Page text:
Howard Kaplan, author and academic, talks with Jlife about the process of writing The Damascus Cover. The spy novel, about an Israeli agent deeply entrenched in the upper echelon of Syrian intelligence, is being adapted to film and stars Jonathan Rhys Meyer, John Hurt and Olivia Thirlby.
Thank you so much for your time. Sure, where would you like to begin?
I understand you have a background in espionage work yourself. Can you tell me about that and how it influenced your choice of subjects for your story telling? I spent my junior year abroad in Jerusalem, and after that I became involved with a group that was studying about the Soviet Jewry Movement and sending people to Russia. So in the summer of ’71, I went to London and then into Moscow. I brought Hebrew books to Hebrew teachers and also smuggled out microfilm. I returned to Russia the following summer, but that time I got caught. Fortunately, I wasn’t caught with anything on me. I probably got in the most trouble out of anyone with the Movement. I guess I believed that my American passport would protect me during an era of détente between the US and Russia. Whether that was true or naïve, nobody knows, only that I was arrested and interrogated for four days, but humanely. I was questioned in the hotel manager’s office, rather than KGB headquarters. I certainly was not beaten or tortured, I could take bathroom breaks, I was fed. They arrested a number of young people and they threatened them all with various terms of imprisonment, but as far as I know, no foreigner from the Soviet Jewry Movement was actually tried. They were ejected like I was. But you never knew if you were going to be the one that they arrested and put on trial, which would’ve completely halted the movement. There was some danger, maybe more than I believed at the time.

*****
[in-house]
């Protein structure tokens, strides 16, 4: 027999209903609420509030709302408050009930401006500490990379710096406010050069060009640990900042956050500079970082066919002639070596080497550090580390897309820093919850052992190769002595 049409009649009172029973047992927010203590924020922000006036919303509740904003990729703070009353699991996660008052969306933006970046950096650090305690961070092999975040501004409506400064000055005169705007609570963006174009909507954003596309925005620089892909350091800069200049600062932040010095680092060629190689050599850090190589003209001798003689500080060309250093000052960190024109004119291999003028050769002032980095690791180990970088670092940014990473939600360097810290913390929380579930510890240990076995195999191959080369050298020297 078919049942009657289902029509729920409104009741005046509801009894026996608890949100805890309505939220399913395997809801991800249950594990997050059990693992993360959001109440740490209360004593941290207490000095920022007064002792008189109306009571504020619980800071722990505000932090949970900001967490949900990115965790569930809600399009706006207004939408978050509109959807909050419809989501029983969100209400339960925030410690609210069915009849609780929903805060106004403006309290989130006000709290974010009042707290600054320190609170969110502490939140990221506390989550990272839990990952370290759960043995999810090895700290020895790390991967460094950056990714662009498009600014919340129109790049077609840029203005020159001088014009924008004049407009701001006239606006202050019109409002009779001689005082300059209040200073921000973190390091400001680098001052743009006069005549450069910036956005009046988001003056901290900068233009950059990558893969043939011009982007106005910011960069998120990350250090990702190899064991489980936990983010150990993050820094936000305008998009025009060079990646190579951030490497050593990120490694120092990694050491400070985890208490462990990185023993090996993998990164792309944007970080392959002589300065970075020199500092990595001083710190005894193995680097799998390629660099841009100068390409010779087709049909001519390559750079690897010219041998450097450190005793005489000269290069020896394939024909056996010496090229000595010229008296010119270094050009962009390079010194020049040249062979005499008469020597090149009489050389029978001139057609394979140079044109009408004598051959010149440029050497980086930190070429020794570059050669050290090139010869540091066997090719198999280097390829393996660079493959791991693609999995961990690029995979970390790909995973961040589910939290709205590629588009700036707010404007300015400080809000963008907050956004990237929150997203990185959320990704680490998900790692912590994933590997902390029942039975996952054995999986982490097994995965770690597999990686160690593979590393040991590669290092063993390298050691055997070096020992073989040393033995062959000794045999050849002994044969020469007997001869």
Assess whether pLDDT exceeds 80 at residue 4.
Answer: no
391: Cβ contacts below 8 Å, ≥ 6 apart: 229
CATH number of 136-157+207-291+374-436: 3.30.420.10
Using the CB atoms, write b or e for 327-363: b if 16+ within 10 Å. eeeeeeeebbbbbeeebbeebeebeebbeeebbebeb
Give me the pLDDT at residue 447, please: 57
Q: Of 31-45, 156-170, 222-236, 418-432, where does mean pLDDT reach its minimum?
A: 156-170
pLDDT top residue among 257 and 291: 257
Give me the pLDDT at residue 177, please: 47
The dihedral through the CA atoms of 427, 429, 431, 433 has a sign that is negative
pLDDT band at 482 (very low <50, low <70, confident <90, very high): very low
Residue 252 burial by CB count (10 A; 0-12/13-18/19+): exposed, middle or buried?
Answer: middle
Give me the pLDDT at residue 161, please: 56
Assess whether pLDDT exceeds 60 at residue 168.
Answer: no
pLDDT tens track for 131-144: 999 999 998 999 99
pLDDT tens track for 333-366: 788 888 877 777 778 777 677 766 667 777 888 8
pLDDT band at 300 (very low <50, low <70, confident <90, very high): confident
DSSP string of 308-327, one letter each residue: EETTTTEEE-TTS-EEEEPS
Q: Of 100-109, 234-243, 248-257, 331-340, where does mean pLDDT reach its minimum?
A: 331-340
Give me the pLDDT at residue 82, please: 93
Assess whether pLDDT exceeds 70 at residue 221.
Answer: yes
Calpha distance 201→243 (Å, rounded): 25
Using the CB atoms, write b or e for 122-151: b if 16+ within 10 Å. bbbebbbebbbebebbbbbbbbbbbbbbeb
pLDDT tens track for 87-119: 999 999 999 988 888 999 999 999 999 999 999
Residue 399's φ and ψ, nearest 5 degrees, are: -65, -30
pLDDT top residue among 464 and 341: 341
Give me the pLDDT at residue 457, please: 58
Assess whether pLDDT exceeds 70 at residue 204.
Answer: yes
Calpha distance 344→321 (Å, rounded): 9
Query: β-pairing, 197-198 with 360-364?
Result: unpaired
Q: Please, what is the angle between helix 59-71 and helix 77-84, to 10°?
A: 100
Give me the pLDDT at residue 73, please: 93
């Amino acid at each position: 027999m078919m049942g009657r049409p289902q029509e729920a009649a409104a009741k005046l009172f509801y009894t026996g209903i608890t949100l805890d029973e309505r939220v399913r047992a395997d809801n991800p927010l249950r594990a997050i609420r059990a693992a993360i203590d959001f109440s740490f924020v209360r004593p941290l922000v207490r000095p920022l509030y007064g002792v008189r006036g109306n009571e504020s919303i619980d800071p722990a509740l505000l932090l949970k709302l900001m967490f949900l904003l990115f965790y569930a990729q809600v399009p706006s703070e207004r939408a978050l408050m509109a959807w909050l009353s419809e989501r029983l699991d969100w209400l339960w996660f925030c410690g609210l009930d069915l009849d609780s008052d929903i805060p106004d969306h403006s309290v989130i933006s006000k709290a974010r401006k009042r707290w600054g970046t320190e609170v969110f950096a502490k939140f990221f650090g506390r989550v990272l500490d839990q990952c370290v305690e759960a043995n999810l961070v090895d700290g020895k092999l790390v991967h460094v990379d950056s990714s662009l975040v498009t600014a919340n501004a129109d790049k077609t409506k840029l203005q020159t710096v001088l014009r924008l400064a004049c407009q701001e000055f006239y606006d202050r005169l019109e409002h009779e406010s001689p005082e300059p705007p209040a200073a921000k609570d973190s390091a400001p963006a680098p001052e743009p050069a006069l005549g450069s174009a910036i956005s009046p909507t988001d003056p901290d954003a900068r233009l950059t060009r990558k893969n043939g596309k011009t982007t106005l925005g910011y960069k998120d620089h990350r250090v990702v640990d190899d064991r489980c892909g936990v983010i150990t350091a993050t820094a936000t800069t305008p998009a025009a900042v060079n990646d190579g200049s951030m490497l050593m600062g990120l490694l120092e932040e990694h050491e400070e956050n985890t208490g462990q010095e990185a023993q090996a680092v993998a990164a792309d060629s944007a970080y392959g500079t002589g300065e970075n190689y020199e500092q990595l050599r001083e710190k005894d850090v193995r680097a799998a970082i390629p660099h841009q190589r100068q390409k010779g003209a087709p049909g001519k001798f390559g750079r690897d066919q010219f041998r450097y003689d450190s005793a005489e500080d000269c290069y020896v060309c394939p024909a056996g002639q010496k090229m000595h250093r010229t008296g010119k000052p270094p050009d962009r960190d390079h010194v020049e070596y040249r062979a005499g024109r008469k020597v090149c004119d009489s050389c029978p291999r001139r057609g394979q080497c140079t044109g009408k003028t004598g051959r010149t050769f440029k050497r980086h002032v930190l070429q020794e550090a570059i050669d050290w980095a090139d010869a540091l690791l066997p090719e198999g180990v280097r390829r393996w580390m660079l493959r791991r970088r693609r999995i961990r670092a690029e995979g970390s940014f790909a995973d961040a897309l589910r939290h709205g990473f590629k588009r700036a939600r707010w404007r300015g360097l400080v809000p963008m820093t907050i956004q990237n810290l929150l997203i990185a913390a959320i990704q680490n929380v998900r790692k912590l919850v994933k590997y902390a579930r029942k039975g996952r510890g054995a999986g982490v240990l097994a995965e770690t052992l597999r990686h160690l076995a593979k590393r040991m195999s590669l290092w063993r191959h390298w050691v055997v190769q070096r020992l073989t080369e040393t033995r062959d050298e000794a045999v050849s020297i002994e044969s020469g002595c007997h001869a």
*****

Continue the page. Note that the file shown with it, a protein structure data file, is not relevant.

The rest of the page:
Not many people know that in Syria, and more specifically Damascus, there remained a Jewish presence well into the 1970s. What was life like for these Jews under Hafez al-Assad’s regime? At that time there were about 5,000 Jews in Damascus. By this point, Jews from Arab countries had by and large been expelled, but this last shrinking community remained. If I recall correctly, the overall Syrian-Jewish population had once been 50,000. They were in a crumbling ghetto, allowed to leave the ghetto but not the country. They were really being held as pawns for some kind of ultimate settlement with Israel. Though in the end they trickled out over time until there were only a few left. When I was there we actually went to the Jewish quarter, but it was clear we were being followed so we veered off and didn’t go in because it seemed unsafe.
How much do you think conflicts in the contemporary Middle East have opened up the mainstream moviegoer’s interest in the region’s history? I think Syria is certainly of interest. What the filmmakers did is move the timeline of the novel from 1975 to 1989 for two reasons. One is the obvious, that you couldn’t have people running around in contemporary Damascus without acknowledging the devastation of the civil war. The second is really interesting. There was a fairly significant population of expatriate Nazis living in Damascus that helped train the Assad regime in various ways. So my point is, we wanted to move the timeline forward from 1975 to make it more relatable, but we couldn’t move it too far forward. Not only because of what’s happened in Syria, but also because the Nazi characters had to be young enough to be somewhat “mobile” in order for the plot to work. They chose 1989 because they wanted to tie-in the fall of the Berlin Wall.
Do you anticipate that the film will be better appreciated by an audience with an interest in history, or is it primarily a spy story that will appeal to fans of James Bond or Jason Bourne? That’s a really interesting question; I haven’t been asked that before. Hopefully it will work on both levels. For example, the fact that there were Nazis in Syria post-World War II. What their community was like and how they were living, I think that’s of historical interest. But they’re really organic to the story. It was written to include them as an integral part of the plot. They were there and a big part of the spine of the novel. Many people have told me they didn’t know there were Nazis in Damascus. Most people know about Nazi immigration to Latin America but they don’t know about Syria. The historical part has to be organic and I think it really is. Α
Perry Fein is a writer and contributing editor to Jlife.